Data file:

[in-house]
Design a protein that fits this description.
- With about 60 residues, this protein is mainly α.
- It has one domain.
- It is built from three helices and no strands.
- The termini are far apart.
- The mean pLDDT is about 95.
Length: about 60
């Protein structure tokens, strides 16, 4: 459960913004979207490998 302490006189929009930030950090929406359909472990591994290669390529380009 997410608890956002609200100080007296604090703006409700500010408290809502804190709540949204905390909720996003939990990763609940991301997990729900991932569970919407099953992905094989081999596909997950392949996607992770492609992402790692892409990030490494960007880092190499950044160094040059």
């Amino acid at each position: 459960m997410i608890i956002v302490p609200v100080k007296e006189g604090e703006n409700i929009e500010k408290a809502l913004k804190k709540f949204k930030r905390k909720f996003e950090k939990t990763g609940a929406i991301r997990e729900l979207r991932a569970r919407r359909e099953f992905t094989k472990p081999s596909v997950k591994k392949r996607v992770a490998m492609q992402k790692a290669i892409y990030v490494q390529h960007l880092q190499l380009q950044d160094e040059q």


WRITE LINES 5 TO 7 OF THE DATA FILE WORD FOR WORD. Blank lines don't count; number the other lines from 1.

- It is built from three helices and no strands.
- The termini are far apart.
- The mean pLDDT is about 95.